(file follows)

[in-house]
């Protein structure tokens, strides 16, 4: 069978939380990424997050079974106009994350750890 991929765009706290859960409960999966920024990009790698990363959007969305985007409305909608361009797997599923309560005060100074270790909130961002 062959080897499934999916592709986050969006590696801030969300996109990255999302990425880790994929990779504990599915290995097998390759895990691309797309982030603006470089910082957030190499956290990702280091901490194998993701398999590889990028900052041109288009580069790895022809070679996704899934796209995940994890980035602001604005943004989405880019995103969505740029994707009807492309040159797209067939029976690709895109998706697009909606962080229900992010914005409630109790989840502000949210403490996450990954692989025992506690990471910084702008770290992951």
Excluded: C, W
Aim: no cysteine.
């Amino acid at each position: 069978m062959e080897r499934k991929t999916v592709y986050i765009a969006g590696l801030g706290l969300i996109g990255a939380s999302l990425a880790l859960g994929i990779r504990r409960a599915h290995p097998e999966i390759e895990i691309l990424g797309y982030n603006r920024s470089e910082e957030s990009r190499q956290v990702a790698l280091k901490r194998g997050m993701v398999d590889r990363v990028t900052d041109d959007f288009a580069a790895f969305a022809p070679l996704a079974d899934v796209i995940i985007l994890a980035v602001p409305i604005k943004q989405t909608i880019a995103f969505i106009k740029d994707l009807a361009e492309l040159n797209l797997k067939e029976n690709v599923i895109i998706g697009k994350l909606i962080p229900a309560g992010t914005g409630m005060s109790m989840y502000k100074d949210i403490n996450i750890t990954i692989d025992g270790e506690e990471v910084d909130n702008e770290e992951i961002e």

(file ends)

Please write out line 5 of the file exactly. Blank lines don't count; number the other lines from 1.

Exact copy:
């Amino acid at each position: 069978m062959e080897r499934k991929t999916v592709y986050i765009a969006g590696l801030g706290l969300i996109g990255a939380s999302l990425a880790l859960g994929i990779r504990r409960a599915h290995p097998e999966i390759e895990i691309l990424g797309y982030n603006r920024s470089e910082e957030s990009r190499q956290v990702a790698l280091k901490r194998g997050m993701v398999d590889r990363v990028t900052d041109d959007f288009a580069a790895f969305a022809p070679l996704a079974d899934v796209i995940i985007l994890a980035v602001p409305i604005k943004q989405t909608i880019a995103f969505i106009k740029d994707l009807a361009e492309l040159n797209l797997k067939e029976n690709v599923i895109i998706g697009k994350l909606i962080p229900a309560g992010t914005g409630m005060s109790m989840y502000k100074d949210i403490n996450i750890t990954i692989d025992g270790e506690e990471v910084d909130n702008e770290e992951i961002e």